Binoculars are bound to get dirty while used. We have already discussed how you can clean them. Here are some tips you can follow to increase the lifespan of your beloved binoculars –
- Remember to lubricate. The focus knob gears can develop rust if used excessively and due to moisture. Use a neutral optic lubricant to keep them smooth and running.
- Moisture is the biggest reason why your optics malfunction. So, avoid getting your binoculars wet, even if they’re waterproof. Store them in an airtight plastic bag with a sachet or two of silica gel when not in use.
- Invest in good-quality lens essentials. A high-quality microfiber cloth, camel brush, and cleaning solution will come a long way in keeping your binoculars in A1 condition.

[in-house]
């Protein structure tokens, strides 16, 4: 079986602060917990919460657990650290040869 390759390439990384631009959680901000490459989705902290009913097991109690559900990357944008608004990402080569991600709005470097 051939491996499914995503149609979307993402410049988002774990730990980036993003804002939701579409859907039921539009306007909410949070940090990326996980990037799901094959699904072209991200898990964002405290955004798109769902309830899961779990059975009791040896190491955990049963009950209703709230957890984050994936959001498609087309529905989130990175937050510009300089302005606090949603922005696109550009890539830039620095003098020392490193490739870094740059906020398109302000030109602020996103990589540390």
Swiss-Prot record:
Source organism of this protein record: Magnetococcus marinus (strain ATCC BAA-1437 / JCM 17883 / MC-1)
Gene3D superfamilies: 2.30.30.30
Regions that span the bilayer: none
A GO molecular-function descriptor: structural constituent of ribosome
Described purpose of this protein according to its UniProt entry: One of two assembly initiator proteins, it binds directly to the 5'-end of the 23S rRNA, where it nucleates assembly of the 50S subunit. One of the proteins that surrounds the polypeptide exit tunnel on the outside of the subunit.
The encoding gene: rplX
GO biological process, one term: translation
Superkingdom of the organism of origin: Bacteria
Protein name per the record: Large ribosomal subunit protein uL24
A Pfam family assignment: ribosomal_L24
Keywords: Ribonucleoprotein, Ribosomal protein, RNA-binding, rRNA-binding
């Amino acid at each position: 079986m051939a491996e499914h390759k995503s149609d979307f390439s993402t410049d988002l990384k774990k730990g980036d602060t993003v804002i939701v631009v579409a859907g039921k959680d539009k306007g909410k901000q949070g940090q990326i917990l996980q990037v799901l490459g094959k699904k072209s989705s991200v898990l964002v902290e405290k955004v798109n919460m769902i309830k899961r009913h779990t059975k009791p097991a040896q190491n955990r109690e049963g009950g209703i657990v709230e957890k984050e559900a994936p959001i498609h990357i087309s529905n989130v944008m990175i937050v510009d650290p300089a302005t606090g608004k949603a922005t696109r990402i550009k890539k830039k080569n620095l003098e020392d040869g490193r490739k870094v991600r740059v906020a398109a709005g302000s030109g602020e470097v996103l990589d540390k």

- Try to prevent your binoculars from colliding with solid objects. This could distort your prism balance, resulting in a blurry image.
- Always keep the lens cap on when the binocular is not used. Try to store the binoculars in a dry and well-ventilated place.
- What is the Most Efficient Way to Clean Lenses?
A Camel brush is a good option if you want quick cleaning. You can also use puffer balls with soft bristles to get rid of sand or dust.
Finally, give them a thorough cleaning using a microfiber cloth and cleaning solution.
- How can You Fix Foggy Lenses?
Fogging or condensation occurs due to excess moisture. To prevent this, simply wipe the lens, and store them in an airtight container with a desiccant inside. This will absorb the moisture inside the packaging, eliminating the fogging problem.
- How to Reduce Shaking?